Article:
More layoffs approved at Coachella Valley Unified School District


COACHELLA, Calif. - More layoffs are on the way at the Coachella Valley Unified School District.  The board voted 5-1 to cut 96 more positions to help deal with a budget deficit.  It comes on the heels of 51 teachers receiving pink slips last month.  "It's going to impact the students and all the funding that's going to be provided to them, and the services most importantly," said Carlos Castaneda, a project data technician at Cesar Chavez Elementary.  

He fears students will suffer the most from the latest round of layoffs.  He is one of 96 classified employees and preschool teachers who are set to be laid off. Classified means anyone that's not a teacher or administrator.  It includes positions like librarians, office assistants and project data technicians. "We've been overstaffed for many years, and we did that intentionally, but now we are going to correct that, because moving forward we're going to be in a better financial situation," said Dr. Darryl Adams, superintendent for the district.  

A situation with a $10.7 million deficit that could wipe out the reserves which stands at about $11.4 million.  The deficit needs to be reduced in order to keep the reserves at 3% of the district's $180 million operating budget for 2014 through 2015. Several people spoke out against the fiscal recovery plan at the latest board meeting.  Superintendent Dr. Adams says, the district's just restructuring, not saying goodbye to these employees.  "Most of those people affected will probably have opportunities for new jobs with new job descriptions that fit, what our educational program is going to be like," said Adams.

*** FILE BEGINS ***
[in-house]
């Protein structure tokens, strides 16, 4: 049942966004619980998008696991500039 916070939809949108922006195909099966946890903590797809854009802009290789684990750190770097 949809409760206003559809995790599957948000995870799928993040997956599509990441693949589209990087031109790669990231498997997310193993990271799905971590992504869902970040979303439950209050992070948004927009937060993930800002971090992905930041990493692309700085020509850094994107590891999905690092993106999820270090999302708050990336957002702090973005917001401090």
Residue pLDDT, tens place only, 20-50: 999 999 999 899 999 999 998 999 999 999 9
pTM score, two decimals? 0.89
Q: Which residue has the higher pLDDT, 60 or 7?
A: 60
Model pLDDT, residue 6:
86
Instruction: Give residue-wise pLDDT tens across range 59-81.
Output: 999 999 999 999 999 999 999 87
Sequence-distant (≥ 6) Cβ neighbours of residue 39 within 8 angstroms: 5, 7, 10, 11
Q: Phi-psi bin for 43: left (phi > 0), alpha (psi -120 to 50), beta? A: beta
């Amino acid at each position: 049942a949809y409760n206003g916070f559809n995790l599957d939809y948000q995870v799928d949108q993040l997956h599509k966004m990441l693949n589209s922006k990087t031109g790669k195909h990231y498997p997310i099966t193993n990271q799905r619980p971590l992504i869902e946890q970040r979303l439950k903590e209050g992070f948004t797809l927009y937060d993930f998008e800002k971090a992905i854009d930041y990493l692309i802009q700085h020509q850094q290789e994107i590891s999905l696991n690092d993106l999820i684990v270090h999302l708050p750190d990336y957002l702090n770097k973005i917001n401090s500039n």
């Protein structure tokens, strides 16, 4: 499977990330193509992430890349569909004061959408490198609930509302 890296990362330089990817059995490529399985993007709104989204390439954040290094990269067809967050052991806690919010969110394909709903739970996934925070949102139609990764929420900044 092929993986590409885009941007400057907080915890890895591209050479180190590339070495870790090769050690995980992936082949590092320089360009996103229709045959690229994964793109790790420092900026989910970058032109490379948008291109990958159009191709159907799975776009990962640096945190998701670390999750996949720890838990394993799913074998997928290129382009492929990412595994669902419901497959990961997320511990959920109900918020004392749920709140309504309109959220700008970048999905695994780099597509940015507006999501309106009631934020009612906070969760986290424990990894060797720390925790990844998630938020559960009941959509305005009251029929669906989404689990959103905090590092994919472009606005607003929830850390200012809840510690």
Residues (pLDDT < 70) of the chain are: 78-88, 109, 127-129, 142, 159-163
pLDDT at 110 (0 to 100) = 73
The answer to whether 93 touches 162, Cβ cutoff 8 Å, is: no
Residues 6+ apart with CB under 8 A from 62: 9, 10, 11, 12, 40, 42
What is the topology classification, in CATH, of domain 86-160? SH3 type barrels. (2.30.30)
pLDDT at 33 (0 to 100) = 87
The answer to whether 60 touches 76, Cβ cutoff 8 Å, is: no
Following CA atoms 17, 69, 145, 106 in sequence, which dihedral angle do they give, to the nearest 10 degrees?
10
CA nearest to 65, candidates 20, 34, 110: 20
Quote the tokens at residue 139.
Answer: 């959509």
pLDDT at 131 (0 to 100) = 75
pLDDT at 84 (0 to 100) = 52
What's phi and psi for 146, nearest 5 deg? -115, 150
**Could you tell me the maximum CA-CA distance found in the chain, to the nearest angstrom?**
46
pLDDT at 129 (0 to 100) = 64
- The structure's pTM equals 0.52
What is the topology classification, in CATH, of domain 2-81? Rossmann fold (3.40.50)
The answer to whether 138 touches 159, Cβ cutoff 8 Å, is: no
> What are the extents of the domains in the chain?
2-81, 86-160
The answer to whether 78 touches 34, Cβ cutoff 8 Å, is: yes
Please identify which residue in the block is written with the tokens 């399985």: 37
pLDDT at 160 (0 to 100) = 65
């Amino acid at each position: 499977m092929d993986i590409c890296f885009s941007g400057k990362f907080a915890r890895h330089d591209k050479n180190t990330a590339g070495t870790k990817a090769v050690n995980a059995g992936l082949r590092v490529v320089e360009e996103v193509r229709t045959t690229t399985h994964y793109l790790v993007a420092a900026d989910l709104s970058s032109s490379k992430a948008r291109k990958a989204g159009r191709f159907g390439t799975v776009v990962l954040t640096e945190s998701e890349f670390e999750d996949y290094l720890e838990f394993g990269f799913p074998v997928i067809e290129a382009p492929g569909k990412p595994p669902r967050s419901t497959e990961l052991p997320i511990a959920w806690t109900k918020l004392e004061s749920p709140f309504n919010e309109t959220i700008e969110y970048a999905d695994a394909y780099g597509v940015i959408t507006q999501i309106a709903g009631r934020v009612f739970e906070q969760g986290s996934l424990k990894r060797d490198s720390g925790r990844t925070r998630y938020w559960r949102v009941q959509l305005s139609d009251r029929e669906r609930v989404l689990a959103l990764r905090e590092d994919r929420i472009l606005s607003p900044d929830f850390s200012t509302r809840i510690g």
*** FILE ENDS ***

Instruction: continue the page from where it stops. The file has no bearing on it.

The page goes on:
A program Dr. Adams says puts an emphasis on technology, but students like Hector Narin, a junior at Coachella Valley high school, say the current librarians and media technicians do more than enough already. "They help, they assist the students, they provide resources for the students to learn," said Narin. 

Despite knowing his pink slip's on the way, Castaneda says he's not ready to stop fighting the layoffs because he's not ready to give up on the district. "It's hard to let go of the community, of the schools we work for, so it would be very hard to just walk away from that," said Castaneda. 

Dr. Adams says nothing will be finalized until the budget for the next fiscal year is approved on June 30.  The employees said it's also difficult to deal with layoffs while other neighboring districts are giving raises and expanding. 

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